Westmill solar

Westmill Solar

Westmill Solar is a community owned renewable energy project based in the south of England – the first of its kind in the UK. A local farmer – Adam Twine - and partners developed the project to build on the success of their earlier wind farm project. The solar farm is paid for the energy it creates and is owned as a co-operative following a community share issue. As well as aiming to produce local, reliable, clean energy, the project also seeks to get local people involved in energy production as well as demonstrating what is possible in order to inspire others.

The problem

Climate change is increasingly recognised as a real and man-made threat. Energy production which relies on oil and gas is not only exacerbating this problem but is also only sustainable for a finite period of time. There is an increasing need to consider – and expand – renewable energy sources.

The UK is also concerned about energy security and communities are increasingly thinking about their ‘resilience’. When civil unrest in the Ukraine can impact on the stability of energy supplies in the UK, people are starting to worry about how they can take greater control and ownership of their energy supply.

Community owned renewable energy projects exist throughout the UK but often on a relatively small scale. In Denmark and Germany a much greater proportion of renewable energy is owned by communities.   

Westmill Solar explain how “We believe that one of society’s greatest challenges is securing low carbon energy at a realistic price and that opportunities for us as individuals to generate renewable energy and help limit climate change are few and far between.

The Westmill Solar share prospectus explains the volatility of electricity and gas process in the UK.

The solution

Westmill Solar Co-operative is “The largest community owned solar farm in the world.” The solar farm is near Watchfield, on an old airfield between Swindon and Oxford.  It is next to the Westmill Wind Farm Co-operative, a smaller project which helped pave the way for the solar park. The wind farm started as five turbines while the farm includes arable land, a dairy herd, a smaller number of beef cattle and some other small enterprises. It was a £6 million project which could power around 2,500 homes over 25 years.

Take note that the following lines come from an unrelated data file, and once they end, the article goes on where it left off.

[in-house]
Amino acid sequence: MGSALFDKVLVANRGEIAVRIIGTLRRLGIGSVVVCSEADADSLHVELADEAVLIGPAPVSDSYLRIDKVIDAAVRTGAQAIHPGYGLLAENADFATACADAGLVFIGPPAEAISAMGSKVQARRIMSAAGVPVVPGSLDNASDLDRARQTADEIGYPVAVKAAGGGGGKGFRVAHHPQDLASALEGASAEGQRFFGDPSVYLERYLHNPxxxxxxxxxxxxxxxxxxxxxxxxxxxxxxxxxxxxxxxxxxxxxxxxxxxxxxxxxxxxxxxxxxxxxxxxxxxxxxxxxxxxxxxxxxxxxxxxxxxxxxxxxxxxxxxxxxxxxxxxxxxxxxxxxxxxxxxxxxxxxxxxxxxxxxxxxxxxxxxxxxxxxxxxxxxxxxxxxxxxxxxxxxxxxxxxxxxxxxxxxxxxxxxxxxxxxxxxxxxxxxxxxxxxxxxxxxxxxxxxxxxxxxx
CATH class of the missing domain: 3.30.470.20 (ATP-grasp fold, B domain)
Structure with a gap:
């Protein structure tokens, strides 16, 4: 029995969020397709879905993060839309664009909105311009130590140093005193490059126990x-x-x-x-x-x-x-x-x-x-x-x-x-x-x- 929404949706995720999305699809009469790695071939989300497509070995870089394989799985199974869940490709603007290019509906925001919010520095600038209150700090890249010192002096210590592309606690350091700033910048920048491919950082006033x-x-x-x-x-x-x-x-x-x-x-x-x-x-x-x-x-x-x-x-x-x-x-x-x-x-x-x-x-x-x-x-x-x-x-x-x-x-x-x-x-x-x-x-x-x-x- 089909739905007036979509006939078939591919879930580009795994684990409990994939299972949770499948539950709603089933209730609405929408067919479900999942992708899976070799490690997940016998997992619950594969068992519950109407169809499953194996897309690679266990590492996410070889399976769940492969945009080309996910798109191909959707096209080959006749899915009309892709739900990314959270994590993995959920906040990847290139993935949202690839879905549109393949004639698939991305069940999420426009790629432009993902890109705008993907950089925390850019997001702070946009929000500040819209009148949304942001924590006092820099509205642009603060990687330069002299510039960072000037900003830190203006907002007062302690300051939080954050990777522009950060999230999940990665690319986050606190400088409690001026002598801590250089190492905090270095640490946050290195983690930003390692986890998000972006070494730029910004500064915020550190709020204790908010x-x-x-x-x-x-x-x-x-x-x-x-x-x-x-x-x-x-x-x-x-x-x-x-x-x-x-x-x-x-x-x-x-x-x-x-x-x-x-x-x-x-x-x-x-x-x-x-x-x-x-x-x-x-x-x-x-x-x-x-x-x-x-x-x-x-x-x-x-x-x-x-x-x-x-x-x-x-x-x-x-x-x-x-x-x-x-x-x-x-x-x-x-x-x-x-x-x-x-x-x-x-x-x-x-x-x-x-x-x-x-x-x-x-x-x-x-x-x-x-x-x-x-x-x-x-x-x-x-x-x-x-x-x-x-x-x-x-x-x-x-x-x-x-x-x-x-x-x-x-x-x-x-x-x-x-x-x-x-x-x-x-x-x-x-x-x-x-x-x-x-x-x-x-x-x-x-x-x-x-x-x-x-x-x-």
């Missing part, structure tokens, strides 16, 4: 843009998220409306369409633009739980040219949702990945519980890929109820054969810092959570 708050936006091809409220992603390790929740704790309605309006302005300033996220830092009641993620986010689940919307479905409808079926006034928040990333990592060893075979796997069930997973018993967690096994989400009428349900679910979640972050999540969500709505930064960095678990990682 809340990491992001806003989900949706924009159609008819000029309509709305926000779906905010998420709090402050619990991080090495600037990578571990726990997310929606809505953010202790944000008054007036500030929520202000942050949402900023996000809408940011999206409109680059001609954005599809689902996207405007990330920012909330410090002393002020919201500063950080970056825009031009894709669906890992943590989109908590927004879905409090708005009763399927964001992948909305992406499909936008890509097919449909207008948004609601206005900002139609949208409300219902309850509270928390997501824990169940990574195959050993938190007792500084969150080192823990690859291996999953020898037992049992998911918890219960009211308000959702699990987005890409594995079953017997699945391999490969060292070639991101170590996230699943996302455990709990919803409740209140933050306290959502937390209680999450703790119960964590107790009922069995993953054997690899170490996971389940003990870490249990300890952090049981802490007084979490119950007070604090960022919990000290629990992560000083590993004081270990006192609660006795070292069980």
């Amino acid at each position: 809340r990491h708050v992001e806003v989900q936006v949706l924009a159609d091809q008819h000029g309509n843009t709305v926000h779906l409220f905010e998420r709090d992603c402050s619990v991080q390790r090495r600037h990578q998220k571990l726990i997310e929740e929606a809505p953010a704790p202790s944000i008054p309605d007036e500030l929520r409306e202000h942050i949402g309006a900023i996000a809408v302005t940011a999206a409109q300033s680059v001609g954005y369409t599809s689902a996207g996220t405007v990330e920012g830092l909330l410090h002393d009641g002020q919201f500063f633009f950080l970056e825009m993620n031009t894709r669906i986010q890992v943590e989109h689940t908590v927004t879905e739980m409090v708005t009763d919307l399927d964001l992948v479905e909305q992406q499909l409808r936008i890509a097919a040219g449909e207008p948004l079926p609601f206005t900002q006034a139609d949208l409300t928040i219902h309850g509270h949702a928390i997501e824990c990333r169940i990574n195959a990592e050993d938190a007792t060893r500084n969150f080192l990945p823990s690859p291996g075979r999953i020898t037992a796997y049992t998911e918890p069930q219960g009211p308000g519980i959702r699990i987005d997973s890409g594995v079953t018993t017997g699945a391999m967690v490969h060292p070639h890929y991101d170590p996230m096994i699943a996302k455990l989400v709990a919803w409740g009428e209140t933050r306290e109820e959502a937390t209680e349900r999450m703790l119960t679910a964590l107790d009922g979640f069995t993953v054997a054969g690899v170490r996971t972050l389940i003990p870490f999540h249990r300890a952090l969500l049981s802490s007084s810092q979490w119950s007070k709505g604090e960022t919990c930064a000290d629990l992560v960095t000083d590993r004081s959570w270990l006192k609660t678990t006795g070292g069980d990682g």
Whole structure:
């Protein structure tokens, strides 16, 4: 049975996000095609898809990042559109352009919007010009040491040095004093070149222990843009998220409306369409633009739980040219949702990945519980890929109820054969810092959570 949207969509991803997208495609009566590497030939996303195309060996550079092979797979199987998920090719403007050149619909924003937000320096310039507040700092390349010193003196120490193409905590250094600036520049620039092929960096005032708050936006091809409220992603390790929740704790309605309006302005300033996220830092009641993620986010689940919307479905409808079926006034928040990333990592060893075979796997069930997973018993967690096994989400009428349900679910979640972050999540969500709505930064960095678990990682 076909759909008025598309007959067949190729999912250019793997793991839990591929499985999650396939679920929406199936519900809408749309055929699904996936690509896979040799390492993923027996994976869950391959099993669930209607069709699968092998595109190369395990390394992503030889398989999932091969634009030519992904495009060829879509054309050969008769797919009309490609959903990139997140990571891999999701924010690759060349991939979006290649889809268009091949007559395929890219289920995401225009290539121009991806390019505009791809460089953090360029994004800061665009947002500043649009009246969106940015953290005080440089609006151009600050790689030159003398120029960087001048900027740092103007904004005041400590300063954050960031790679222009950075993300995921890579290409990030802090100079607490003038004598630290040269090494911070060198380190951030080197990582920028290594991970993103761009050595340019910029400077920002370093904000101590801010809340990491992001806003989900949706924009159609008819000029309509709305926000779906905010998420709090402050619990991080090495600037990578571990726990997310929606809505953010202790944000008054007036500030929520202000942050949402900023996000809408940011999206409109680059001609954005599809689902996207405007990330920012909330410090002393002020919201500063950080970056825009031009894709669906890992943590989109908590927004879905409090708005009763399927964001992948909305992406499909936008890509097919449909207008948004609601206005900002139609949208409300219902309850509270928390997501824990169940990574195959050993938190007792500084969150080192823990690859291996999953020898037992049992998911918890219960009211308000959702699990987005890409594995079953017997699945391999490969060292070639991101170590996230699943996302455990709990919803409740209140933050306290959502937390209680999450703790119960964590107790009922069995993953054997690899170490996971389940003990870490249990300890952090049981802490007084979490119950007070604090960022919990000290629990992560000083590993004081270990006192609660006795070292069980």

The idea for a large solar farm was discussed with the local community who encouraged the team leading the development of the co-operative to be ambitious. In March 2011 planning approval for the farm was granted and work began in May of the same year. The site was connected to the electricity grid by July. The development was undertaken by Low Carbon Solar and Blue Energy but an option was included in the deal for a co-operative to take ownership of the project, which happened in October 2012.

Business model

The project is a five MegaWatt installation, producing enough electricity to power 1,400 homes. The solar park is made up of 20,260 polycrystalline PV panels and covers 30 acres. The PV modules convert daylight into electricity. The project shares its connection to the electricity grid via the distribution network operator, Scottish and Southern Energy, with Westmill Wind Farm.


Income is generated through the government’s Feed in Tariff (FiT) scheme. The FiT is index-linked and guaranteed for over 20 years. This provides sufficient certainty of income with an estimated average return around 10% to member shareholders. Under the Energy Act 2008, the UK Government created this new incentive to encourage the development of renewable energy in the UK. The FiT is focused on smaller scale (less than 5MW) low carbon electricity generation. It is paid per unit of electricity generated. 

Once the project was in operation, UK residents were given the opportunity to buy shares, from £250 to £20,000. As shares were oversubscribed, priority was given to people living closer to the site. Over half of the shareholders live close to the site and around 80% within 40 kilometres or with some relationship with another community energy cooperative. Enough shares were bought for the co-operative to purchase the shares from the initial development partnership. A £12 million loan was raised form the Lancashire County Council Pension Fund. Investors also receive their original capital back.